Swiss chard is taking over the planet. I don’t mean in a creepy way like body snatchers, bad K-Pop stars or Republicans, but in a very nice way. People are starting to eat Swiss chard like it was bacon-flavored bananas or that rarest of all delicacies: something edible out of the kitchens of an Applebee’s. Not only is Swiss chard healthy for you, but it can be grown right in your backyard. What could be better than growing something as nutritious as Swiss chard where you don’t have to wait in line and drive home through maddening traffic to eat it? But before you dive into the world of Swiss chard in its homegrown variety, you might want to learn these three keys to making this hyper-popular vegetable your own.
Don’t be Neutral with the Fertilizer
The Swiss are known for being neutral, but when it comes to Swiss chard it simply does not pay to hold back. Dive in head first with fertilizer. Wait, that doesn’t sound quite sanitary. What I mean to say is that the Swiss chard you grow yourself will benefit significantly from not holding back with the fertilizer. You don’t even need to buy the prepackaged stuff; good old-fashioned manure will do just fine. All you really need to make sure is that you provide your Swiss chard with a healthy amount of fertilizer if you want to see it grow to exceptional size.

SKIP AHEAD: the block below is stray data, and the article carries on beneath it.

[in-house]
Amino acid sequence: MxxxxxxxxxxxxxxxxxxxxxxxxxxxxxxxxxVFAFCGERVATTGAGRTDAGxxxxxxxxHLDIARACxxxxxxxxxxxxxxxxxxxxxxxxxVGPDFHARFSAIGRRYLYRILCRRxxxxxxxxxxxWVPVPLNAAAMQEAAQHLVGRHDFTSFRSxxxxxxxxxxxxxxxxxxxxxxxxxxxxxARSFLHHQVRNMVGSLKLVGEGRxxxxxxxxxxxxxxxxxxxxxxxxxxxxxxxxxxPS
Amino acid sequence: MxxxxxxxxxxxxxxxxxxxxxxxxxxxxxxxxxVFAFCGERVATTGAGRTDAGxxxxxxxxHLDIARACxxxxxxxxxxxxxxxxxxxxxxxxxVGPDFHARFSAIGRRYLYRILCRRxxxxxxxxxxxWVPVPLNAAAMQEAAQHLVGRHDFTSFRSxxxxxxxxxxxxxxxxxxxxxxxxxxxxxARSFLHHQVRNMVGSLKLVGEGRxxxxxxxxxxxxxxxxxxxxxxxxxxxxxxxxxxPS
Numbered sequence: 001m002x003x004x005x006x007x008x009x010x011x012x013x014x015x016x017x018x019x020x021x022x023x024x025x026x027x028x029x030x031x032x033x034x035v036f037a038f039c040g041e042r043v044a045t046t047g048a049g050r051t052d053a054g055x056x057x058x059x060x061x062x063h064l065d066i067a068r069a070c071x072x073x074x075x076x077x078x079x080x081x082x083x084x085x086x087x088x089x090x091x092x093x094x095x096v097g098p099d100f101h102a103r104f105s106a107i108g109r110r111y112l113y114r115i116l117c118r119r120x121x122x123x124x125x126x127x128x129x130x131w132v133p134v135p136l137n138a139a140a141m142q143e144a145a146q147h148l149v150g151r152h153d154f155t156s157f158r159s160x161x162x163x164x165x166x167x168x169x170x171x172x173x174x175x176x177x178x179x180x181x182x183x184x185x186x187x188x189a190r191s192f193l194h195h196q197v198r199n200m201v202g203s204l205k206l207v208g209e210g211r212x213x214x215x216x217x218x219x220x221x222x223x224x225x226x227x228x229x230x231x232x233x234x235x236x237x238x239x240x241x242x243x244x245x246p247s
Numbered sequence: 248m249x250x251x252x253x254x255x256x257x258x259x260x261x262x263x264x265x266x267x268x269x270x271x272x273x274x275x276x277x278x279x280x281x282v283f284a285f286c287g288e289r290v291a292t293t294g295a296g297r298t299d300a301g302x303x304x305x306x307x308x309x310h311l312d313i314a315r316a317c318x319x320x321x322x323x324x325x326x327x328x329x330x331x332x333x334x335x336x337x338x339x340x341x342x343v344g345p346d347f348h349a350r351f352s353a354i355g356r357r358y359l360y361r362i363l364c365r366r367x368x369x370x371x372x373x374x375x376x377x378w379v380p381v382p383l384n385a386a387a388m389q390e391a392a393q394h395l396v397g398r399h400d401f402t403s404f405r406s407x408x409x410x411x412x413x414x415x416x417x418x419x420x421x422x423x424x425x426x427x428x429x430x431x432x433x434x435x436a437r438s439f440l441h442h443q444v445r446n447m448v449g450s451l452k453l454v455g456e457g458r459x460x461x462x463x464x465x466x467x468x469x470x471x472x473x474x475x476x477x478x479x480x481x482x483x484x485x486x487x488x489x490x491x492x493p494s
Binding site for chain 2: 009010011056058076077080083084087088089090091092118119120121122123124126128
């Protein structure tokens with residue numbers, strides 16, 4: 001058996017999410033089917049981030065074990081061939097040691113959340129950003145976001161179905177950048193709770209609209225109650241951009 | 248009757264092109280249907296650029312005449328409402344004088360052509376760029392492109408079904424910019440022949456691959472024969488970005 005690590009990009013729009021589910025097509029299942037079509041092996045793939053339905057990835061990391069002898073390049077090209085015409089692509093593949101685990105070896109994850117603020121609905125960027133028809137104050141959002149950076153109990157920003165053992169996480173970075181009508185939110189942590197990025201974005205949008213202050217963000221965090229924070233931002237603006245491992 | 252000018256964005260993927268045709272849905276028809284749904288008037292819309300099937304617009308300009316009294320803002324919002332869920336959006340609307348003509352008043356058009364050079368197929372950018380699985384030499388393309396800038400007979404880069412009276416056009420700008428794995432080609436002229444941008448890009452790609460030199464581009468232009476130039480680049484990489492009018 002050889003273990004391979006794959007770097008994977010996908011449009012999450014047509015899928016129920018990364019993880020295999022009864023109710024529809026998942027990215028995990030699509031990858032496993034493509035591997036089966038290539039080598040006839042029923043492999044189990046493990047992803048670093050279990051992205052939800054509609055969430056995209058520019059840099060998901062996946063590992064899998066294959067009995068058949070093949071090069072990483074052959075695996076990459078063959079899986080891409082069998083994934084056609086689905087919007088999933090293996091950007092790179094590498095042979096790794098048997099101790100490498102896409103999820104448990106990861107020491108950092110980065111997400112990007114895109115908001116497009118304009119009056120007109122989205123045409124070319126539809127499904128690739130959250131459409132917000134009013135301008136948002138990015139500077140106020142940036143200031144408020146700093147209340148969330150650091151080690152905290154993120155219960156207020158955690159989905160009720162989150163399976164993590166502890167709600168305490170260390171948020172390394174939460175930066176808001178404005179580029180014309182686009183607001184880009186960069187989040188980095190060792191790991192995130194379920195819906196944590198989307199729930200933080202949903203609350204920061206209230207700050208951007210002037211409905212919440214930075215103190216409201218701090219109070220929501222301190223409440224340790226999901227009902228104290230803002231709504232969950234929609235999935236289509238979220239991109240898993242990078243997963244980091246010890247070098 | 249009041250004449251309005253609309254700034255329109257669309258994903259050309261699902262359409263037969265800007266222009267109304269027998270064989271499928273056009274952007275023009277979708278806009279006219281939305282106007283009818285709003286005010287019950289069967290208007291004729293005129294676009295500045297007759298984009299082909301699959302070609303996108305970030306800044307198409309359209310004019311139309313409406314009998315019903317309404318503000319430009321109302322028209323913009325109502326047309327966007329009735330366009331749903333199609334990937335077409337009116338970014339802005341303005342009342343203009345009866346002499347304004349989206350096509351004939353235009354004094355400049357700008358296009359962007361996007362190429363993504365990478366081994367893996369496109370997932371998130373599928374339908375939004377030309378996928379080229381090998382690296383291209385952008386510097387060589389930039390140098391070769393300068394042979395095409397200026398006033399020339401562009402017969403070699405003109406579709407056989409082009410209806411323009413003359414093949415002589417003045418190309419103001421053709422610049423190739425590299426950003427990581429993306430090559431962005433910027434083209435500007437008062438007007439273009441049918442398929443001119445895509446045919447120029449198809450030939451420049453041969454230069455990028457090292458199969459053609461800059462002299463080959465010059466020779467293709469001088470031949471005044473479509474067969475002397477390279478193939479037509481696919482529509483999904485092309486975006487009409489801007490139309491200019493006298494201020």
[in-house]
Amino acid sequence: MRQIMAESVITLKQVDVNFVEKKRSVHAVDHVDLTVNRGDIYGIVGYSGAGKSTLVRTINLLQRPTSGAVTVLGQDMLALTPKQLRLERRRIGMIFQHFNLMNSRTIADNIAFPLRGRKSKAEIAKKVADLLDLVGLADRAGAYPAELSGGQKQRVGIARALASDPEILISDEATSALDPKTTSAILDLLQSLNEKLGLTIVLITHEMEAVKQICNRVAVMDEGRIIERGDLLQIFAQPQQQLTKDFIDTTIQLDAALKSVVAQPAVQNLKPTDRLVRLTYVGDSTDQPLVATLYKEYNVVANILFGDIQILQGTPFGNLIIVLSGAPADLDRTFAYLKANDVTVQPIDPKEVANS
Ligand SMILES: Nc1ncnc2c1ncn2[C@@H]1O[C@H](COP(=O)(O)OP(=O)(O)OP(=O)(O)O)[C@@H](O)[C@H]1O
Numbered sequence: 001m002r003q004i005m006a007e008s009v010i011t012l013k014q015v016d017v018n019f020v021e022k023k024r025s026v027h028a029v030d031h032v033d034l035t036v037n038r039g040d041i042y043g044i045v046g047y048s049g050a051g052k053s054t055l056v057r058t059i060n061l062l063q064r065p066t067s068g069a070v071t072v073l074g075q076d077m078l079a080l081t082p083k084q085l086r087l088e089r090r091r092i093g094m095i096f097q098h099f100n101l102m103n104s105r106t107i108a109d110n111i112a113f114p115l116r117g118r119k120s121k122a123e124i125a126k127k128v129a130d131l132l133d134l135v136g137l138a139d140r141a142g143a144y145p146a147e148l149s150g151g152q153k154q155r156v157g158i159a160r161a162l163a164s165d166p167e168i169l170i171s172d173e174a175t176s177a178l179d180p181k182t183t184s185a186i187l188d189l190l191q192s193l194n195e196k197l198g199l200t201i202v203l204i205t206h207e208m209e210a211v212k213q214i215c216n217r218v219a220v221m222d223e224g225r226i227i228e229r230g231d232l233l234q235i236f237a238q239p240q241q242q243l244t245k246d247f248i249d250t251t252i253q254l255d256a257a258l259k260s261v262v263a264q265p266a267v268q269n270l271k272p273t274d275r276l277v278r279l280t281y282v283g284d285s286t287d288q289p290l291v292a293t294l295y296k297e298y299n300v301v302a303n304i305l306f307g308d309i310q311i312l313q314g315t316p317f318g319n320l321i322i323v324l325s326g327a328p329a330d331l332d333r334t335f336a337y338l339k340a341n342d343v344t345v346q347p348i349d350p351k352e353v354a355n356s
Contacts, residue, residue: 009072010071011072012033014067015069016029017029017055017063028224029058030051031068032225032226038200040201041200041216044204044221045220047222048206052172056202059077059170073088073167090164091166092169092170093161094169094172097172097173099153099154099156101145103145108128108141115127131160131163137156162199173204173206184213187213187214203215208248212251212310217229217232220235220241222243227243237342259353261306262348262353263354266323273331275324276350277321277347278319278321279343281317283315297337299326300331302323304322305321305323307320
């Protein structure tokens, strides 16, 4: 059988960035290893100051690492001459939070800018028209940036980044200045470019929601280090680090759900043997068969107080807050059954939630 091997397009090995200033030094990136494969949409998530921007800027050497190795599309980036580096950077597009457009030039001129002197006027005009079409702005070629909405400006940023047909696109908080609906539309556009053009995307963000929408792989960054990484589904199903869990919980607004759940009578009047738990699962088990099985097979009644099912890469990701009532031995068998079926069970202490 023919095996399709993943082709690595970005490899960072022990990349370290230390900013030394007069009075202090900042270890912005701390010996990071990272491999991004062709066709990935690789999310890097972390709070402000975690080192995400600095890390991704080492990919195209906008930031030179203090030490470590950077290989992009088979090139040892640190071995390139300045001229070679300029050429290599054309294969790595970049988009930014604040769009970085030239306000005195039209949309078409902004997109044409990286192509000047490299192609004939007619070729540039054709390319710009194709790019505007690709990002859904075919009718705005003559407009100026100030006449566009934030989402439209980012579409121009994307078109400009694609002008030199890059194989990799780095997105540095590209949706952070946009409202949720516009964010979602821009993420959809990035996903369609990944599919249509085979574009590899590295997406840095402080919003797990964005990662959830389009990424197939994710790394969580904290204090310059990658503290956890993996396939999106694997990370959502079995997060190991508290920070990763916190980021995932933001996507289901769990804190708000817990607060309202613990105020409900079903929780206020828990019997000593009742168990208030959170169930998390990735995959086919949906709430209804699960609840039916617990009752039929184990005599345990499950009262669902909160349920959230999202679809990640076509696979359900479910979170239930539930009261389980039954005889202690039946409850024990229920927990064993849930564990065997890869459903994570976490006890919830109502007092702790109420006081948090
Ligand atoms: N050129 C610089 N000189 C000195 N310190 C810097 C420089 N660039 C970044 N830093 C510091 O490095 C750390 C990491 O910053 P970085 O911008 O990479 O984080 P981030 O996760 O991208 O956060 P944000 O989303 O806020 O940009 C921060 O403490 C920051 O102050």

One thing that will definitely impact your Swiss chard harvest in a bona fide negative manner is weeds. Do your best to keep weed-eating sprays out of the equation. In fact, do you best to pre-empt the impact of weeds by investing in a plastic liner. Mulch your Swiss chard crop with a plastic liner in which the plants are given about a foot distance from each other. If you’ve never done the plastic liner mulching thing before, you may look at the whole situation as a waste of time and way too much effort for the result. If you are really intent on introducing Swiss chard into your diet and you want to grow it yourself, then get over it. Plasticizing the process will definitely reap a reward you can’t even imagine.
More work, I’m afraid. Get down on your knees and carefully harvest Swiss chard by hand. Toss away all those sharp implements you might be using for harvesting other vegetables because those edges will run the risk of severely damaging the plant to the point of eliminating future harvests. Just locate the base of the plant and break off the Swiss chard in your hand and you not only will be successful in getting the vegetable to your plate, but you improve the odds of having food from the same plant next year.